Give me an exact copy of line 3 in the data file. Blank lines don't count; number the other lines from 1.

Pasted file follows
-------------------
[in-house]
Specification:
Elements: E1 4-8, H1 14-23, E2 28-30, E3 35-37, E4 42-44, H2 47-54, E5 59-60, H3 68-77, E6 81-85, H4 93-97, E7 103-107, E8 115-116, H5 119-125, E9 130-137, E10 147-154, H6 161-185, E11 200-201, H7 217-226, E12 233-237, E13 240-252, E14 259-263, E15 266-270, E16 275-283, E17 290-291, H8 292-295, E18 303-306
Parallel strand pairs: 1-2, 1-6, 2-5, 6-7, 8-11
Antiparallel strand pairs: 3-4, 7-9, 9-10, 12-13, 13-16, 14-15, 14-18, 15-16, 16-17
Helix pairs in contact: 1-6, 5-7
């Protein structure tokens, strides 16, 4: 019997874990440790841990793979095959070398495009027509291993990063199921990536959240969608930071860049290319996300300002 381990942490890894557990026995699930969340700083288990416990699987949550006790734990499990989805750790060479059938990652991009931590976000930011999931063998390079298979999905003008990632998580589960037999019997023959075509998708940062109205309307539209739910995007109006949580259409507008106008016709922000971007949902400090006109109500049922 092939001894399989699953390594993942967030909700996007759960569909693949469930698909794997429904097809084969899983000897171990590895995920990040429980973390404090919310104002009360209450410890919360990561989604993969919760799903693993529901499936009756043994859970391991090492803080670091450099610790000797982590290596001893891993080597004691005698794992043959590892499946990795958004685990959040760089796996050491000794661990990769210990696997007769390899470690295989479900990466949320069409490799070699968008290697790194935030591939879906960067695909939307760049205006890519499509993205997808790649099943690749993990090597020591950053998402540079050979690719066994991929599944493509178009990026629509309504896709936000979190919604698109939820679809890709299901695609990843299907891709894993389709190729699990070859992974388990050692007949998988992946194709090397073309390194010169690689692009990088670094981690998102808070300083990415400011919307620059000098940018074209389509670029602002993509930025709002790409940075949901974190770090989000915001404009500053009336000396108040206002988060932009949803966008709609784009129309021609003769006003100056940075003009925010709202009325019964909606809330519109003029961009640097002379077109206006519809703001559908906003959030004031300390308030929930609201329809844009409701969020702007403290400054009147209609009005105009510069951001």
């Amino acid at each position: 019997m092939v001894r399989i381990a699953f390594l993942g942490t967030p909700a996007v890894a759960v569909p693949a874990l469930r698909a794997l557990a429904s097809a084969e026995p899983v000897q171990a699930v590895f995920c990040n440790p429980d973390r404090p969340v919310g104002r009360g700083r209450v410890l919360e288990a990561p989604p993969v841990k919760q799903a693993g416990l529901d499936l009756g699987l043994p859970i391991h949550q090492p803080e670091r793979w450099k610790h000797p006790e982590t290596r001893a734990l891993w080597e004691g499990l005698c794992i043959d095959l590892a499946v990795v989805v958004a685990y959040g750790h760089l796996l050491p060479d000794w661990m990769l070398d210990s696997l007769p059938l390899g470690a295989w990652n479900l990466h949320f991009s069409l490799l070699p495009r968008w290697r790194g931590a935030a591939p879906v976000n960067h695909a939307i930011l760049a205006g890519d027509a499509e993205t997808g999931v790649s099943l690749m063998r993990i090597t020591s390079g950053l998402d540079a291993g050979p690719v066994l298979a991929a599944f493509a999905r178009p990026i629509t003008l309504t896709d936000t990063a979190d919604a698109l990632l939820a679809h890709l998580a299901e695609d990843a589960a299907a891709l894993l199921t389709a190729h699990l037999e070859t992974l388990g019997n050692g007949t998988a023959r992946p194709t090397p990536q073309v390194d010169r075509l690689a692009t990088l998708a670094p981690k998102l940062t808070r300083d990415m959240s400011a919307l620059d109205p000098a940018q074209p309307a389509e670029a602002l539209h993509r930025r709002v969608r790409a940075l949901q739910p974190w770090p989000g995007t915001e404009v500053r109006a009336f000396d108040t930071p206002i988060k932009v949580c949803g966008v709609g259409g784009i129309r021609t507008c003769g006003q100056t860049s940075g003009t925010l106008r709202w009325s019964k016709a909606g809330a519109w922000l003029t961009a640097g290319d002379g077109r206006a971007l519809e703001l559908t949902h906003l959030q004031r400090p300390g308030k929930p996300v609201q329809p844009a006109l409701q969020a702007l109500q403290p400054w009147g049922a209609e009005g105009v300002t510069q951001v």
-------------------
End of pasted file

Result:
Elements: E1 4-8, H1 14-23, E2 28-30, E3 35-37, E4 42-44, H2 47-54, E5 59-60, H3 68-77, E6 81-85, H4 93-97, E7 103-107, E8 115-116, H5 119-125, E9 130-137, E10 147-154, H6 161-185, E11 200-201, H7 217-226, E12 233-237, E13 240-252, E14 259-263, E15 266-270, E16 275-283, E17 290-291, H8 292-295, E18 303-306